May 4, 2016 0
The art of modeling at a handful of the best software shops continues to progress. And so it is that Universal Audio say they’ve simulated every tiny detail, “from speaker paper and heat dissipation, to filter caps and transformers,” of one of the world’s best-known amplifiers – the Fender Tweed. It’s the cranked sound of Neil Young; it’s the clear lead of Larry Carlton. It’s a lot of other things. It’s now on a computer, too.
Universal Audio this week added to their stable of hardware DSP plug-ins with the 8.6 release of their software, including an emulation of the boutique Chandler Curve Bender Mastering EQ (built by the folks at Softube). The biggest news for day-to-day use is probably actually the Oxford Limiter v2, a powerful update to a fairly indispensable tool. But I figure you can set to work with those – it’s really the Fender that captures the imagination.
Simple controls here give you in fact a lot of sonic directions. Just changing the volume knob gives you a range of levels of tube distortion (once you drive into that area); mic choice is also closely modeled.
The design itself is Leo Fender original, from just after the War. The “’55” here means the stock, classic Tweed made in 1955 – the best-known variation of the line. You get your choice of different takes on that. A knob that exists only thanks to modeling, you’ve your choice of a 55 Jensen P12R standard, a “greenback” (25-watt) Celestion, or a JBL D120F 120-watt option, each with different tone. Beyond that, part of what makes the Tweed unique is that everything else is just volume and tone – which also makes this an interesting effect to play with creatively beyond its normal use (like adding the amp to drums or melodic parts, even).
Way back when Universal Audio first talked about the Apollo Twin, I said I thought it’d be interesting to use something like a guitar amp model. So, here we are. Using what UA call “Unison,” the audio interface works with the software model together to simulate the impedance, gain, and circuit behaviors you’d get on the original. And, in case you wondered why you weren’t just using native software for the same job, you also get near-nothing latency for tracking through the Apollo.
The software also gives you lots of choices for how you want to simulate mic placement and selection, with a model of a ’60s Beyer M 160, a Sennheiser MD 421, a modern Royer R-121, plus a vintage Neumann U 67 (that particular one apparently selected from Ocean Way Recording’s studio).
Here are some sounds:
I also asked UA’s engineers about what the modeling process was like. Forgive the simplicity of my questions, but – I’ve found talking to engineers modeling gear at different developers that these innocuous questions tend to yield very different answers, depending on the task at hand and what’s being modeled and what the design goals are.
CDM: What were some of the challenges you faced when modeling the Tweed?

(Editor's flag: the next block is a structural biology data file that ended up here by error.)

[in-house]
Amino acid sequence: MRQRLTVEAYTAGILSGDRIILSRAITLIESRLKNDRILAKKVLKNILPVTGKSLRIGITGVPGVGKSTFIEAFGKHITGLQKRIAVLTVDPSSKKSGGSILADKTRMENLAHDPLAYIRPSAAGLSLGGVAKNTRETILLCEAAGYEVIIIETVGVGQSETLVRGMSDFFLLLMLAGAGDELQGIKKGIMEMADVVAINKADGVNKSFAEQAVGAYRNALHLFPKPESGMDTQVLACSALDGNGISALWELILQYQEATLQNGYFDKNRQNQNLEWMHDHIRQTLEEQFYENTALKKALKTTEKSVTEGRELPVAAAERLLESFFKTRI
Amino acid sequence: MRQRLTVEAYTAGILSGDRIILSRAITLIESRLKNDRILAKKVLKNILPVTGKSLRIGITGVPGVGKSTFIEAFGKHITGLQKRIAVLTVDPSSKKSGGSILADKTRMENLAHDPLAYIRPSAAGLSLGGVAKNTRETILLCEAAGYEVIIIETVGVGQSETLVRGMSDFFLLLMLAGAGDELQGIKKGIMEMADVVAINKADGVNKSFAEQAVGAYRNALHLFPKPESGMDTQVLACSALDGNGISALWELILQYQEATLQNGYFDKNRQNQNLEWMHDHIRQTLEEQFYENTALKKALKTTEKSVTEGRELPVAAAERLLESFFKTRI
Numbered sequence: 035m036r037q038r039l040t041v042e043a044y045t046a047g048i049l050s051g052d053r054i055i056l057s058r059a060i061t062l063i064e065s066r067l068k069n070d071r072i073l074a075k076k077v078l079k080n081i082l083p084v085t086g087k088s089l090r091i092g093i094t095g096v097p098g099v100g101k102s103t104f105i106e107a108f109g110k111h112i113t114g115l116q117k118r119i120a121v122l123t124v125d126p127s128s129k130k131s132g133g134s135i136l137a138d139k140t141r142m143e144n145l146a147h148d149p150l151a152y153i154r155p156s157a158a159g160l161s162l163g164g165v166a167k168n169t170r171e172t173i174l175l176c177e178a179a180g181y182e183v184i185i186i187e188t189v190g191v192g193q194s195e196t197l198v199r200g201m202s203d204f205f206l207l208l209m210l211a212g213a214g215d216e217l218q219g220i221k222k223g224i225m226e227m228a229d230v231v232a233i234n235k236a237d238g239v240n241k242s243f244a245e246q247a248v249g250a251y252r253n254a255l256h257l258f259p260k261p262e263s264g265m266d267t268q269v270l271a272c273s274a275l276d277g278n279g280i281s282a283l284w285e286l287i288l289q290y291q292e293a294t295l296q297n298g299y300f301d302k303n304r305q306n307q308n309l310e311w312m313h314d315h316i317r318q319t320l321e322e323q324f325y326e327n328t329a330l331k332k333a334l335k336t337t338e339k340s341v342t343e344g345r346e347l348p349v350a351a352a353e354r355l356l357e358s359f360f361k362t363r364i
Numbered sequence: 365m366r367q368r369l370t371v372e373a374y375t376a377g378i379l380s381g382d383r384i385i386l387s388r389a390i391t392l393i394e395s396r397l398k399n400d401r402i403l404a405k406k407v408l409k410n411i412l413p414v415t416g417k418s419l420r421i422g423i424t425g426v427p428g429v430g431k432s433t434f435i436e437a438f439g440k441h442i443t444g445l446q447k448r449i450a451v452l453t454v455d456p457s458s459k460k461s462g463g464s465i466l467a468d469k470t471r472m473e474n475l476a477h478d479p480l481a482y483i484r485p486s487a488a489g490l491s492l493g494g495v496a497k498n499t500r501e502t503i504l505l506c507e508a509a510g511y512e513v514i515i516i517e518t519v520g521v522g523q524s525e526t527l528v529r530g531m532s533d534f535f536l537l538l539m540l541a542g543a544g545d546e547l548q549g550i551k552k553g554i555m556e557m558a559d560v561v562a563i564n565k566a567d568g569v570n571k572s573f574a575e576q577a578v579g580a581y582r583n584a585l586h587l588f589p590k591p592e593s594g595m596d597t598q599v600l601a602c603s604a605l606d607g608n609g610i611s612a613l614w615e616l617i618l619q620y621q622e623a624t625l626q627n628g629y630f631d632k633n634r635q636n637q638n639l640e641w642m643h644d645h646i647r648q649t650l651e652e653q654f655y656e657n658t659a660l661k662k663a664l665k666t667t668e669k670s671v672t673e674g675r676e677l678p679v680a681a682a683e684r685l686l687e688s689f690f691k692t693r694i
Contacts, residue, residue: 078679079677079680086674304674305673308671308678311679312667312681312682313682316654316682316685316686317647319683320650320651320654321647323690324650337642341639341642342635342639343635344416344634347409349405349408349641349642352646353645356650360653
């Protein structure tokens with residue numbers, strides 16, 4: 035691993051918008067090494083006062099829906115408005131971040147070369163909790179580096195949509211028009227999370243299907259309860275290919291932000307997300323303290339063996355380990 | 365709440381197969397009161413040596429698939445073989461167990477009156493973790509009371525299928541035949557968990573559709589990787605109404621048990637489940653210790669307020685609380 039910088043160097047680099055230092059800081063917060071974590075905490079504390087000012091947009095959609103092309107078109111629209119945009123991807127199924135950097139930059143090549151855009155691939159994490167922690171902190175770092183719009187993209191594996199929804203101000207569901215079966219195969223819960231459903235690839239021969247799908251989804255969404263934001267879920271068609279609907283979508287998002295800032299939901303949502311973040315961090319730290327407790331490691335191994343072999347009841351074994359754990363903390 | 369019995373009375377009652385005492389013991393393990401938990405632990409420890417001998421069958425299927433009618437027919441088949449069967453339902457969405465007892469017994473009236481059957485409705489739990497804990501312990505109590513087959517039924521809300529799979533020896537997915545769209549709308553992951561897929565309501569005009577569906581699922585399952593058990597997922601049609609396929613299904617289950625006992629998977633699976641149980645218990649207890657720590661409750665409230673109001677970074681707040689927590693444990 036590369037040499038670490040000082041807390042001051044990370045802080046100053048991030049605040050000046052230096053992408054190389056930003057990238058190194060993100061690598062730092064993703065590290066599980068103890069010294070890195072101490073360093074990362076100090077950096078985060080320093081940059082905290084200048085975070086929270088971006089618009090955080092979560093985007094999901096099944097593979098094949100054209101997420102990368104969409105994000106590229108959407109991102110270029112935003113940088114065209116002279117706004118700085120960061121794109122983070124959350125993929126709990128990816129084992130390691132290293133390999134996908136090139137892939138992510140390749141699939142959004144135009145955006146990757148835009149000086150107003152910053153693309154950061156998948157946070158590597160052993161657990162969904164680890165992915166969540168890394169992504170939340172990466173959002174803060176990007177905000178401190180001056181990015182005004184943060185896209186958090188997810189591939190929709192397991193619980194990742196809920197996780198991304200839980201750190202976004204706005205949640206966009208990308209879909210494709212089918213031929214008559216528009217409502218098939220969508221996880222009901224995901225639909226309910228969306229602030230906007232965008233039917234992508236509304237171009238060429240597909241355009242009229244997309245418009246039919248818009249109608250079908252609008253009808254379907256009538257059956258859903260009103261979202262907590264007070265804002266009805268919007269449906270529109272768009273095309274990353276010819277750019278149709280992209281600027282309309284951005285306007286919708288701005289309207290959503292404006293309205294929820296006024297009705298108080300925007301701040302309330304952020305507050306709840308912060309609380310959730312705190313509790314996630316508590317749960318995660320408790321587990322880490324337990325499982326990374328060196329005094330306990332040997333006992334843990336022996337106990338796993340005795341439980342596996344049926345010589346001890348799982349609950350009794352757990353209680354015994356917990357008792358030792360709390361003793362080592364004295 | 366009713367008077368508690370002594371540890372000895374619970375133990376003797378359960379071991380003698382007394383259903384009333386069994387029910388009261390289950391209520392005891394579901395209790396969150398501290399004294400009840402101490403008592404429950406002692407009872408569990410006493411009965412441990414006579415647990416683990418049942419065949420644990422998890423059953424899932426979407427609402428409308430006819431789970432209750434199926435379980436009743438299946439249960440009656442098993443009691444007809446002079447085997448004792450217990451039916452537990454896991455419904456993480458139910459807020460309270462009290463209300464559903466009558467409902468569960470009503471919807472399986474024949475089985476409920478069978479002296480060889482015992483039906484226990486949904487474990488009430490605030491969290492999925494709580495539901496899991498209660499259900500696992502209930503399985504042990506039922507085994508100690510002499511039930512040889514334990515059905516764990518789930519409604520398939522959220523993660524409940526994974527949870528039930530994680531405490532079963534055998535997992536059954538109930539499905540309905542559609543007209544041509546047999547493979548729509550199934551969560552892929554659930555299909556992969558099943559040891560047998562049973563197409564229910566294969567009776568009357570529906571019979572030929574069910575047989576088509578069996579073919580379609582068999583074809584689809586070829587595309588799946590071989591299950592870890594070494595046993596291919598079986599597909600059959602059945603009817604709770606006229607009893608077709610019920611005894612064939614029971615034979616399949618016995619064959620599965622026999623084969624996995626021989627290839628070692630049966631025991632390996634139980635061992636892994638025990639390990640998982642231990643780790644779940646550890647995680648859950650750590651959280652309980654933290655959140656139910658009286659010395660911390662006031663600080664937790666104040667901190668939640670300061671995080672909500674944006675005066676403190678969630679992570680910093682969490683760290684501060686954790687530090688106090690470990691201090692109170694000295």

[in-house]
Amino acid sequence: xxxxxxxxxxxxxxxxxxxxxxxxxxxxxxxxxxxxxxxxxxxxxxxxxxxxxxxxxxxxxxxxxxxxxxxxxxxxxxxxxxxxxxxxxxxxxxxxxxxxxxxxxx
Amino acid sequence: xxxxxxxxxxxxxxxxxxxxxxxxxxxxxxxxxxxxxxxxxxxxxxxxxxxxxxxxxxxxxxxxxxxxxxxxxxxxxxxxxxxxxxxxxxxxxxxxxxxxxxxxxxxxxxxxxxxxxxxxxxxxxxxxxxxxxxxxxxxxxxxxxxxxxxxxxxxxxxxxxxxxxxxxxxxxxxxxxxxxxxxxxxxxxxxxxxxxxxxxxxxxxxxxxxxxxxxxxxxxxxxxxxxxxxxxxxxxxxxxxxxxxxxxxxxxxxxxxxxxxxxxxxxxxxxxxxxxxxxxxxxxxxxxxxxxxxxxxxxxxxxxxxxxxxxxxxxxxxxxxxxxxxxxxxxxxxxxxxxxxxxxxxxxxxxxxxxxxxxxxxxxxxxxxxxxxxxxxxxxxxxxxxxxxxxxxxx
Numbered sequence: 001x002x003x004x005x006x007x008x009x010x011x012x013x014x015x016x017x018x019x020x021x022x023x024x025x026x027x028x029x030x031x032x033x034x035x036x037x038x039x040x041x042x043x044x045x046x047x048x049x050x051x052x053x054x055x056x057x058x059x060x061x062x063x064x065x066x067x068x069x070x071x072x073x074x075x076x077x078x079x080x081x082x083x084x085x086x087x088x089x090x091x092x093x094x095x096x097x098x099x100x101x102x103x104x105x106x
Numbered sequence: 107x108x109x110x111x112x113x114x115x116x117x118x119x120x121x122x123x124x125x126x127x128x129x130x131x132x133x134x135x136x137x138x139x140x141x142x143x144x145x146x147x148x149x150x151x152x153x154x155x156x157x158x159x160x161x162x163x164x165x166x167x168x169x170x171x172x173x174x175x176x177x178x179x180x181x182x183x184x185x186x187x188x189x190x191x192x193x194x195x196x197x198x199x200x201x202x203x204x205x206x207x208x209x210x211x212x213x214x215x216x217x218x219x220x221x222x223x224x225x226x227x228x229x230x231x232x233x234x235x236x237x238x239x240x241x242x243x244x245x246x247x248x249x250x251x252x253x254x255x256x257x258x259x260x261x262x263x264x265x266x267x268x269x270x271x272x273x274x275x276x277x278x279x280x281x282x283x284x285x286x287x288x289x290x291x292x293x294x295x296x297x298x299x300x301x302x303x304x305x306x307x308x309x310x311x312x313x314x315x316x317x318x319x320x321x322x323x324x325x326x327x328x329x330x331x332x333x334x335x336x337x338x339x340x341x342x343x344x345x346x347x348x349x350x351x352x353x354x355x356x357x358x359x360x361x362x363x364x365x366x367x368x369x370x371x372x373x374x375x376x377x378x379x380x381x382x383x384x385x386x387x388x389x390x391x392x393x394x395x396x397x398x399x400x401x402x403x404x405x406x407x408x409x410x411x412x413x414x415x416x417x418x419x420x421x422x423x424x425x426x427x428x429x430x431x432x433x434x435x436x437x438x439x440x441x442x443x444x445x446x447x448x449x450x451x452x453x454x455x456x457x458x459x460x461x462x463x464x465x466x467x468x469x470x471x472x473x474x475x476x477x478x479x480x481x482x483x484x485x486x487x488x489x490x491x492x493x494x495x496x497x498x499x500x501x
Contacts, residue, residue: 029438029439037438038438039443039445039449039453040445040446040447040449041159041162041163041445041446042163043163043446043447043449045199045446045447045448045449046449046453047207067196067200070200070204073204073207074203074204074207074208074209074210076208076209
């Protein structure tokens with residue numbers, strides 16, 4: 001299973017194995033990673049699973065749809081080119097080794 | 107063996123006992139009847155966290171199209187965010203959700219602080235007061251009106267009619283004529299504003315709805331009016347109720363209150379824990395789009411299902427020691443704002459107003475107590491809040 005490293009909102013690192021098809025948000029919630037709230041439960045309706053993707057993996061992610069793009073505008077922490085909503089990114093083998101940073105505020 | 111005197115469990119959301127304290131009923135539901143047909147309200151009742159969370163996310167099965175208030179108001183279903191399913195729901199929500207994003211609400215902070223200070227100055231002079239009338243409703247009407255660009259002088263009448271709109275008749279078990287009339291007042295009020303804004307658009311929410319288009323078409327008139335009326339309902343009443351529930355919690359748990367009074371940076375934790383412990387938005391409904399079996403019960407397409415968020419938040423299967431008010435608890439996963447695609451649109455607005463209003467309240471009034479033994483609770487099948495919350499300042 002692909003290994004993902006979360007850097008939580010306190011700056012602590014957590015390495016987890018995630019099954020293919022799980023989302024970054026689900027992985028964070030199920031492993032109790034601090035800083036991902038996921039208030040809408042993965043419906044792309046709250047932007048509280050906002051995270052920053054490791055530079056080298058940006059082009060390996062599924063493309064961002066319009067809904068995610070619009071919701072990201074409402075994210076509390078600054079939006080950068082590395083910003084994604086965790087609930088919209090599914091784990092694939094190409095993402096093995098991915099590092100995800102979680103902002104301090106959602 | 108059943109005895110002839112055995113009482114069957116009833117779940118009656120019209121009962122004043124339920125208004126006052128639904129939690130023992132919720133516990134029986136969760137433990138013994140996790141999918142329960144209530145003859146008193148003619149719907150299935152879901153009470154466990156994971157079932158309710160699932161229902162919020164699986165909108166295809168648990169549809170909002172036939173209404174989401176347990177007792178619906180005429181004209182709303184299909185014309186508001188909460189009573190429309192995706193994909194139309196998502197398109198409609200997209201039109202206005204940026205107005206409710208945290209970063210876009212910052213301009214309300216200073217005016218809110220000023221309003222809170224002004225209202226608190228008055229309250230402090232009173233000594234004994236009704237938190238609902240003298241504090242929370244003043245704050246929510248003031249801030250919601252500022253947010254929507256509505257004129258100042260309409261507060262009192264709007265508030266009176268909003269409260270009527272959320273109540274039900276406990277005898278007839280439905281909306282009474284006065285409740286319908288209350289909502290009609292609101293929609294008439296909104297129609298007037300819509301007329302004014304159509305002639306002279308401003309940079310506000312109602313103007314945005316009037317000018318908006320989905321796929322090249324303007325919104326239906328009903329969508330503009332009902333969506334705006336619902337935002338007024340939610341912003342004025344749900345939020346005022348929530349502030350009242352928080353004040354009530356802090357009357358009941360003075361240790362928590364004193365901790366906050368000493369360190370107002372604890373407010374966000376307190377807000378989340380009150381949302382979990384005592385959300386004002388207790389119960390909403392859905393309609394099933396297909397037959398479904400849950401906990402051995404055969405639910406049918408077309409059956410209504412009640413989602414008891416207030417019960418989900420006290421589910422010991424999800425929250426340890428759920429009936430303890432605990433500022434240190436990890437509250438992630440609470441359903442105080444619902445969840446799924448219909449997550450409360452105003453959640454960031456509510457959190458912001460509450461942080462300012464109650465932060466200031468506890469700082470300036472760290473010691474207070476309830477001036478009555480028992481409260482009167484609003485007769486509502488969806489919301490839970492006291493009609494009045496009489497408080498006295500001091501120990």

UA: Since we’re talking about 60 year old guitar amps, finding a few great ones was the first challenge. Many old units that we tested looked practically brand new but didn’t have the vibe of others that had obviously seen many gigs and sessions. In fact, the one we based the sonics off has a giant rip and comb over in the tweed. But, on the inside, it was completely stock right down to the original speaker.
What was the toughest to model, as far as sound characteristics?
It’s a non-linear emulation in every way. Each section of the tweed Deluxe, from the preamp, power amp and speaker was its own algorithm. It’s the unique way they interact that makes or breaks the sound, but more importantly the feel of the amp model, so that took a bit of added focus.
What did you use as sources while working on modeling / what was the process for developing this plug-in?
There was a large battery of exclusive audio tests done on the real hardware and model. Since it’s a guitar amp, the most critical became the interaction with several industry standard guitar types and playing styles. Just like the 60 year old hardware, our model had to be just as dynamic to the touch when playing jazz on a hollow-body, country on a Telecaster, rock and pop on a Les Paul, Stratocaster, etc. One special area of development became the speaker and microphone interaction, as we had to develop a dynamic method in DSP that goes outside the common “static” convolution method most models use.
And that’s all I’ve got to say. Mostly in that I’m leaving for the studio to play with the 8.6 software on some tracks, and probably use the Tweed for something it wasn’t intended to do, because… well, I don’t color inside the lines, normally. If you have a look at this – or if you’re a Tweed owner, or have another emulation you’re interested in – we’d love to hear from you.
And here’s a look at the other stuff also included in 8.6:
The Chandler EQ is also an interesting choice – vintage-tinged, but new boutique, another authorized model. (That seems to be the trend for hardware makers: sell once in physical form, sell the license to a software vendor to make, too.)
The Oxford Limiter is an essential; it gets a major refresh here.